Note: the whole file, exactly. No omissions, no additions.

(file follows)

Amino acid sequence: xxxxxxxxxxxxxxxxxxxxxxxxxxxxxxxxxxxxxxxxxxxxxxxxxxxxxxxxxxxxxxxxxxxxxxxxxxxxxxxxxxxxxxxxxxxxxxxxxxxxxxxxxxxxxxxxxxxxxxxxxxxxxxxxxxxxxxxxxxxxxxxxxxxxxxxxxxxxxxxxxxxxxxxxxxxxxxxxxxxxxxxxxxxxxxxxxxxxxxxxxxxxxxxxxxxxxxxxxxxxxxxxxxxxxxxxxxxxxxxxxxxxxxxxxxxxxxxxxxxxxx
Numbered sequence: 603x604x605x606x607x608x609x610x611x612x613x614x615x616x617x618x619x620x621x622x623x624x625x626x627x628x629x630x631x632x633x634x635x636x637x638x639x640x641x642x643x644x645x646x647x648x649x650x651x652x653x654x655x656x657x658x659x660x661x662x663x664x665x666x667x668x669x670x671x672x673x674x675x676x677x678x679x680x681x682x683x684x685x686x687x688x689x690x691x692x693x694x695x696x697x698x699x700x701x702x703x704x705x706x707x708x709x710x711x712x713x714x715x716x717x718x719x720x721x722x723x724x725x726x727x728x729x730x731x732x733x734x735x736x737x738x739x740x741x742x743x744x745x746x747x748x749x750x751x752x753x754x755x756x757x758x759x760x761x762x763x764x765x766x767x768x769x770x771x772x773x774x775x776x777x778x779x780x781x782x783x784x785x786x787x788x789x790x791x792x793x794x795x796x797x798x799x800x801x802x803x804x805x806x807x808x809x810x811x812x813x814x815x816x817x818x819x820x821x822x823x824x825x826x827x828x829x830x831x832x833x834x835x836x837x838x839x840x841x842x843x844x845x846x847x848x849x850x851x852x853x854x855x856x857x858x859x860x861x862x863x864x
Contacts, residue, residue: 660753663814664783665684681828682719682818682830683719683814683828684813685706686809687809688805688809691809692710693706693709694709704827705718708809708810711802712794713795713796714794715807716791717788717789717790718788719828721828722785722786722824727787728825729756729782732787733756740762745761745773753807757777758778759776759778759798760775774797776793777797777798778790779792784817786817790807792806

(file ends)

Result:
Amino acid sequence: xxxxxxxxxxxxxxxxxxxxxxxxxxxxxxxxxxxxxxxxxxxxxxxxxxxxxxxxxxxxxxxxxxxxxxxxxxxxxxxxxxxxxxxxxxxxxxxxxxxxxxxxxxxxxxxxxxxxxxxxxxxxxxxxxxxxxxxxxxxxxxxxxxxxxxxxxxxxxxxxxxxxxxxxxxxxxxxxxxxxxxxxxxxxxxxxxxxxxxxxxxxxxxxxxxxxxxxxxxxxxxxxxxxxxxxxxxxxxxxxxxxxxxxxxxxxxxxxxxxxxx
Numbered sequence: 603x604x605x606x607x608x609x610x611x612x613x614x615x616x617x618x619x620x621x622x623x624x625x626x627x628x629x630x631x632x633x634x635x636x637x638x639x640x641x642x643x644x645x646x647x648x649x650x651x652x653x654x655x656x657x658x659x660x661x662x663x664x665x666x667x668x669x670x671x672x673x674x675x676x677x678x679x680x681x682x683x684x685x686x687x688x689x690x691x692x693x694x695x696x697x698x699x700x701x702x703x704x705x706x707x708x709x710x711x712x713x714x715x716x717x718x719x720x721x722x723x724x725x726x727x728x729x730x731x732x733x734x735x736x737x738x739x740x741x742x743x744x745x746x747x748x749x750x751x752x753x754x755x756x757x758x759x760x761x762x763x764x765x766x767x768x769x770x771x772x773x774x775x776x777x778x779x780x781x782x783x784x785x786x787x788x789x790x791x792x793x794x795x796x797x798x799x800x801x802x803x804x805x806x807x808x809x810x811x812x813x814x815x816x817x818x819x820x821x822x823x824x825x826x827x828x829x830x831x832x833x834x835x836x837x838x839x840x841x842x843x844x845x846x847x848x849x850x851x852x853x854x855x856x857x858x859x860x861x862x863x864x
Contacts, residue, residue: 660753663814664783665684681828682719682818682830683719683814683828684813685706686809687809688805688809691809692710693706693709694709704827705718708809708810711802712794713795713796714794715807716791717788717789717790718788719828721828722785722786722824727787728825729756729782732787733756740762745761745773753807757777758778759776759778759798760775774797776793777797777798778790779792784817786817790807792806